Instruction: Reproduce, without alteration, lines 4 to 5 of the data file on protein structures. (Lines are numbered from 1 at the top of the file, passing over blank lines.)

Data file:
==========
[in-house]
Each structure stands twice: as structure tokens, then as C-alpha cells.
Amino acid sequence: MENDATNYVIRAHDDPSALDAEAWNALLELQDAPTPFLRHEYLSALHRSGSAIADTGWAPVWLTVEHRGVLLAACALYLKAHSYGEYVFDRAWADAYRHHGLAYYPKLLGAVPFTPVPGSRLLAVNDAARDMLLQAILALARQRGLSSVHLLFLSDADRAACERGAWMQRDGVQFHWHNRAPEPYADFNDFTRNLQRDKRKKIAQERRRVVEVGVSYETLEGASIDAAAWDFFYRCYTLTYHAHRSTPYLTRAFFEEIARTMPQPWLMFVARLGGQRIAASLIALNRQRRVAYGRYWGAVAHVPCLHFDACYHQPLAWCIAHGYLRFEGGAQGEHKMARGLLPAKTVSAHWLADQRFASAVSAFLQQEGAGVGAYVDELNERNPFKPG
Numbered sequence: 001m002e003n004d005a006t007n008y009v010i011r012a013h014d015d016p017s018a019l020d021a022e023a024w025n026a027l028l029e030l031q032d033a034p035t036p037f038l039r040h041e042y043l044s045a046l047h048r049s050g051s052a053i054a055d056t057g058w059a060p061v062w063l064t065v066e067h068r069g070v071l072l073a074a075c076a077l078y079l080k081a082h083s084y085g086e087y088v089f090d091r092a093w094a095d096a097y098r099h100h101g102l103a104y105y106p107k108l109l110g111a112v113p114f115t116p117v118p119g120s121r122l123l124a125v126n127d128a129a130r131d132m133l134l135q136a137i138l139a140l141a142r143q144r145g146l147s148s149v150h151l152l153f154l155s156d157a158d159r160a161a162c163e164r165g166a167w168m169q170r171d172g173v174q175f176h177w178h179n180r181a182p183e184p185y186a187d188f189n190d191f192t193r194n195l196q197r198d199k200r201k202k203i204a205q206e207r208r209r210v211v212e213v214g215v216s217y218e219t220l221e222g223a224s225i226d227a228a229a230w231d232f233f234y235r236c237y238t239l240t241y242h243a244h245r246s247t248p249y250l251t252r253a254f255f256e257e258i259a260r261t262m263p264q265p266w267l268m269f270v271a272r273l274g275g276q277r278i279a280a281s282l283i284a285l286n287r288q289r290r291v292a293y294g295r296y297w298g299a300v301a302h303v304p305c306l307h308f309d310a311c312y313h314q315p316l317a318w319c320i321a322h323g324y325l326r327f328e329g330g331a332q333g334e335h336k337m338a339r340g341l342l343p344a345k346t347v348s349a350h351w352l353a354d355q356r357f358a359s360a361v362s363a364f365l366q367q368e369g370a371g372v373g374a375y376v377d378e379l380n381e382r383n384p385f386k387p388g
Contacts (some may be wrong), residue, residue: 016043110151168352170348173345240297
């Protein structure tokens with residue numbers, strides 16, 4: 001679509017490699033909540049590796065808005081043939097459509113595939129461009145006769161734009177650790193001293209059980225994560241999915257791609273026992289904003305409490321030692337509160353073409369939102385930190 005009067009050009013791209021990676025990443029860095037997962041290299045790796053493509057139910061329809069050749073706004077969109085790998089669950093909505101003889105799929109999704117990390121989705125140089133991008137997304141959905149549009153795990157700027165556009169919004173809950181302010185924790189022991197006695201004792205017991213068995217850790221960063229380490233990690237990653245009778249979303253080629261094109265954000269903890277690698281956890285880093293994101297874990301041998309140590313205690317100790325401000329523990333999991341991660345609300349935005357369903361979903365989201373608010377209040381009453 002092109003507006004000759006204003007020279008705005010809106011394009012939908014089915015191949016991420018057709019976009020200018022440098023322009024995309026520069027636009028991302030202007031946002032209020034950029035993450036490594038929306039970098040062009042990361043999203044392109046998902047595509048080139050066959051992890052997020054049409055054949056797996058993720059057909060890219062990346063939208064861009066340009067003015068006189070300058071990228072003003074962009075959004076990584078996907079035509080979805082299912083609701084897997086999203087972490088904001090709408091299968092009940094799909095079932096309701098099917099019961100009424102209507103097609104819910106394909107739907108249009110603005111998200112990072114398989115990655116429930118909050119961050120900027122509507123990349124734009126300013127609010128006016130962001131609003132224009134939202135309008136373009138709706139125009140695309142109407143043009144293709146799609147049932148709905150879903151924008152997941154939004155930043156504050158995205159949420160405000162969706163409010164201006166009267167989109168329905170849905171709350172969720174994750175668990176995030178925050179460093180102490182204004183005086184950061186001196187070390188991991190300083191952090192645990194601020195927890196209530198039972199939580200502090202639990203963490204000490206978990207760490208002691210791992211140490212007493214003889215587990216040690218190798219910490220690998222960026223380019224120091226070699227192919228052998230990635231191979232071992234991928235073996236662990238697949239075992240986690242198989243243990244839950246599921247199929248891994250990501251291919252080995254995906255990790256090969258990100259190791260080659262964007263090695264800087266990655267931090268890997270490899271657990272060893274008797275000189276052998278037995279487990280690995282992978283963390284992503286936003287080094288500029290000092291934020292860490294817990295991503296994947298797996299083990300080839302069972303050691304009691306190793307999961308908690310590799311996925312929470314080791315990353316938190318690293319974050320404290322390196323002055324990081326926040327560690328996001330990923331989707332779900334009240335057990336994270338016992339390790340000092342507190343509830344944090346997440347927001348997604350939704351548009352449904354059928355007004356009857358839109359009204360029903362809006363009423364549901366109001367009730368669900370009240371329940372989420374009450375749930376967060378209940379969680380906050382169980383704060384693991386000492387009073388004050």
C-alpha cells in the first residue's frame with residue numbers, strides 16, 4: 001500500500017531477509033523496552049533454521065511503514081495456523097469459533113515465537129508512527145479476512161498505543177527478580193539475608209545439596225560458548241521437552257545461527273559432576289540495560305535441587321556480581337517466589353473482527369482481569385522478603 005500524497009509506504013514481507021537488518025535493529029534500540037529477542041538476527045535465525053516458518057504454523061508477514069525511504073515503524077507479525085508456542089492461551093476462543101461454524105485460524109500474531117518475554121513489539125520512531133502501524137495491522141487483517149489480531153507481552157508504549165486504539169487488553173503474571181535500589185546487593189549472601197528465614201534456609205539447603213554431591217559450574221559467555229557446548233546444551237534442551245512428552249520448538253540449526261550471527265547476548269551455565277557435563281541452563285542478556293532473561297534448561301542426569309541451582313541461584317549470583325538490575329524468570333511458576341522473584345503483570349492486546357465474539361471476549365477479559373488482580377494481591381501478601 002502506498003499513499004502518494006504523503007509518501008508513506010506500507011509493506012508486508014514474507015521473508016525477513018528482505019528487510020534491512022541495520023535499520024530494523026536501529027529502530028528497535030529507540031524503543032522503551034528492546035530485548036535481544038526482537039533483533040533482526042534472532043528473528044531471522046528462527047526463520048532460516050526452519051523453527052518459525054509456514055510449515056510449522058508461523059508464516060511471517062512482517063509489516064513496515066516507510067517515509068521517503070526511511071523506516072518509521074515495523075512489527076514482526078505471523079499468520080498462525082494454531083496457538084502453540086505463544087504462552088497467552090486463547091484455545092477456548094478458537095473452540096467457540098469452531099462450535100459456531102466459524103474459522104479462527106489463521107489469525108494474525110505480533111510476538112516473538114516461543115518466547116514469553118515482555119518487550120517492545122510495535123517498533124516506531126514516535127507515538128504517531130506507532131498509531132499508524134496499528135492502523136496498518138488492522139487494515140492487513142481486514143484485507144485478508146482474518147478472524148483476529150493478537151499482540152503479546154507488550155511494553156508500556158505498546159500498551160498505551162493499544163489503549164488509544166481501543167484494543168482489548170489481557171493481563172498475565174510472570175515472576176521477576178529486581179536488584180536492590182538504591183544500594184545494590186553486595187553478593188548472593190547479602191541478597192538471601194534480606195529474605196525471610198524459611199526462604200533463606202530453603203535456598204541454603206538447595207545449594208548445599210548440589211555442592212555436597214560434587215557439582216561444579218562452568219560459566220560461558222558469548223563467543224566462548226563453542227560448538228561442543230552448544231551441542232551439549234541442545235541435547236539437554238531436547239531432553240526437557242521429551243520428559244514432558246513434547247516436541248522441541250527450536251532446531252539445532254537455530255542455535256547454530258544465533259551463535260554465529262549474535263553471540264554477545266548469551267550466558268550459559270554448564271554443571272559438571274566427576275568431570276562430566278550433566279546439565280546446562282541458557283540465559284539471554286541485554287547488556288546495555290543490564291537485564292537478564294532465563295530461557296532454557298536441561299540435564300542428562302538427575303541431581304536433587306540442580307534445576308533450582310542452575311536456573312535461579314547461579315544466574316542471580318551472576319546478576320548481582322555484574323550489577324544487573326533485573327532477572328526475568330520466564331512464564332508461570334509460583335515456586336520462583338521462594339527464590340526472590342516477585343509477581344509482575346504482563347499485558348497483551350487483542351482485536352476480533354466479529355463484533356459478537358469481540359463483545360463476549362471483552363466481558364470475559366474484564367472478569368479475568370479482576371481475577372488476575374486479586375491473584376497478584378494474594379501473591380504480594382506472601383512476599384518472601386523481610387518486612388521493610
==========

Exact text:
Numbered sequence: 001m002e003n004d005a006t007n008y009v010i011r012a013h014d015d016p017s018a019l020d021a022e023a024w025n026a027l028l029e030l031q032d033a034p035t036p037f038l039r040h041e042y043l044s045a046l047h048r049s050g051s052a053i054a055d056t057g058w059a060p061v062w063l064t065v066e067h068r069g070v071l072l073a074a075c076a077l078y079l080k081a082h083s084y085g086e087y088v089f090d091r092a093w094a095d096a097y098r099h100h101g102l103a104y105y106p107k108l109l110g111a112v113p114f115t116p117v118p119g120s121r122l123l124a125v126n127d128a129a130r131d132m133l134l135q136a137i138l139a140l141a142r143q144r145g146l147s148s149v150h151l152l153f154l155s156d157a158d159r160a161a162c163e164r165g166a167w168m169q170r171d172g173v174q175f176h177w178h179n180r181a182p183e184p185y186a187d188f189n190d191f192t193r194n195l196q197r198d199k200r201k202k203i204a205q206e207r208r209r210v211v212e213v214g215v216s217y218e219t220l221e222g223a224s225i226d227a228a229a230w231d232f233f234y235r236c237y238t239l240t241y242h243a244h245r246s247t248p249y250l251t252r253a254f255f256e257e258i259a260r261t262m263p264q265p266w267l268m269f270v271a272r273l274g275g276q277r278i279a280a281s282l283i284a285l286n287r288q289r290r291v292a293y294g295r296y297w298g299a300v301a302h303v304p305c306l307h308f309d310a311c312y313h314q315p316l317a318w319c320i321a322h323g324y325l326r327f328e329g330g331a332q333g334e335h336k337m338a339r340g341l342l343p344a345k346t347v348s349a350h351w352l353a354d355q356r357f358a359s360a361v362s363a364f365l366q367q368e369g370a371g372v373g374a375y376v377d378e379l380n381e382r383n384p385f386k387p388g
Contacts (some may be wrong), residue, residue: 016043110151168352170348173345240297